Tracing back the course of history to the king’s body is, from a modern point of view, not only a means of extending and representing royal power but also of curbing the uncertainties inherent in the conditions of history, a covering up of the contingent nature of political representation. However, it is important to stress that the experience of contingency is not a modern phenomenon. Oliver Marchart points out that the discussion of contingency in early European thought was experienced in the form of paradoxes which posed a potential threat to society’s normative foundations and were only articulated in mystic, theological or philosophical discourses. [23] Even though contingency was experienced in various ways, it was not generally acknowledged as a social factor and remained «a manoeuvring room within the framework of a solid order.» [24] Accordingly, in absolutist France the representation of the king as incarnation of divine authority was not part of a discourse in which the paradoxes of social foundations should be experienced and the depiction of the king’s power had to be cleared of any indications of his temporal and social conditionality.

As shown above, Le Brun encloses precisely this temporal or historical conditionality of Louis’ absolute power by means of pictorial representation and depicts his body as eternal certainty dominating the course of history. If the portrait of the king is to be understood as an extension of his body and an instantiation of his divine properties, Marin’s following suggestion is plausible: that «the king is only truly king in images» and that it is ultimately not possible «to trace the king otherwise than by retracing him in his representation, by redrawing him from his portrait.» [25] Even though it seems that the king is not «other than his image», Schmitter claims that the various portraits of the king cannot be regarded as a mimetic representation, because «instead of imitating they display the King who is without comparison.» [26] After having characterised the portrait of the king as a model of a transcendent order, an object of imitation as it were, I hesitate to follow Schmitter’s argument.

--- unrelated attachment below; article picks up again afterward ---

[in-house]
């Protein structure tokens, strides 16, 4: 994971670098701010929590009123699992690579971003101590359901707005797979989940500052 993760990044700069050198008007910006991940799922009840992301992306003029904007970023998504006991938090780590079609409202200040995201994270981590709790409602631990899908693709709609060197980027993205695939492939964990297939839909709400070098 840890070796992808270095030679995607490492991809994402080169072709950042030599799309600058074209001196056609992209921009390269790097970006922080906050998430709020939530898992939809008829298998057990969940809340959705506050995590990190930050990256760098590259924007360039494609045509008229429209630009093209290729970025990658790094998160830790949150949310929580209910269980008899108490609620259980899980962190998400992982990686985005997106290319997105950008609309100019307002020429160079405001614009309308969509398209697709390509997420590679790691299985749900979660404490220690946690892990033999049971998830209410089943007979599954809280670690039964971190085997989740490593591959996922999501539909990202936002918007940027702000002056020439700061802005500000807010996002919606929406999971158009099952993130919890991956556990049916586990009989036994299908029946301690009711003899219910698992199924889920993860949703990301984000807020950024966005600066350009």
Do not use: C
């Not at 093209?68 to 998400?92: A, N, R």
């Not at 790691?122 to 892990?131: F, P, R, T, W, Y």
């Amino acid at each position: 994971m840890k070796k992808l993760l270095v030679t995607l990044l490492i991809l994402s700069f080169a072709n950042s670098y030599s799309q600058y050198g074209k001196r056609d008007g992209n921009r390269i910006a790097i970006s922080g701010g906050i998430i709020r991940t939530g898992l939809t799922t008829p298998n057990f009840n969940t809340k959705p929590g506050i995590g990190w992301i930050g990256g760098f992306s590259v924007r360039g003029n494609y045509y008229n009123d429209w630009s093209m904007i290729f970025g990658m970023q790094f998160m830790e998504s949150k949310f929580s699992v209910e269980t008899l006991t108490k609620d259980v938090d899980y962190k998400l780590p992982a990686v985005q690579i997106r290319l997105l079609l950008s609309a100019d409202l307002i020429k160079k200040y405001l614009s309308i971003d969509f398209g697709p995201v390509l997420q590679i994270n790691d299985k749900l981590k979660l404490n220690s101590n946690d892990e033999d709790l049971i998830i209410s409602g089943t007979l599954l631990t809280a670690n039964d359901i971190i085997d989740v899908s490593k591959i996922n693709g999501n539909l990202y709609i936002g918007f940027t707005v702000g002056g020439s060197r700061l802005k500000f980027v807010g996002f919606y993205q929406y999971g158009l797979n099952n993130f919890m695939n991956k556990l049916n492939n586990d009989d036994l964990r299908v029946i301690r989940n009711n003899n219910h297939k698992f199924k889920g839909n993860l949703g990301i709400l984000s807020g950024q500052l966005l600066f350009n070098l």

Instead, I would like to raise the question whether mimesis and display are necessarily mutually exclusive forms of depiction. In this context, I am inclined to suggest that in the king’s portrait mimetic and displaying elements are inextricably intertwined. The portrait of the king is a mimesis of the abstract concept of transcendent sovereignty which comes into effective existence through forms of depiction enclosing the temporal and social conditionality of the king’s authority. Max Black has subdivided the notion of ‹depiction› into ‹portray› and ‹display›, the former referring to an «original scene», the latter referring to a «certain subject» or content. [27] In this regard, the picture of the king is an amalgamation of display and portray in the sense that it depicts a subject (the king’s physical body) that is the reference to an imagined original scene (the incarnation of transcendent power).

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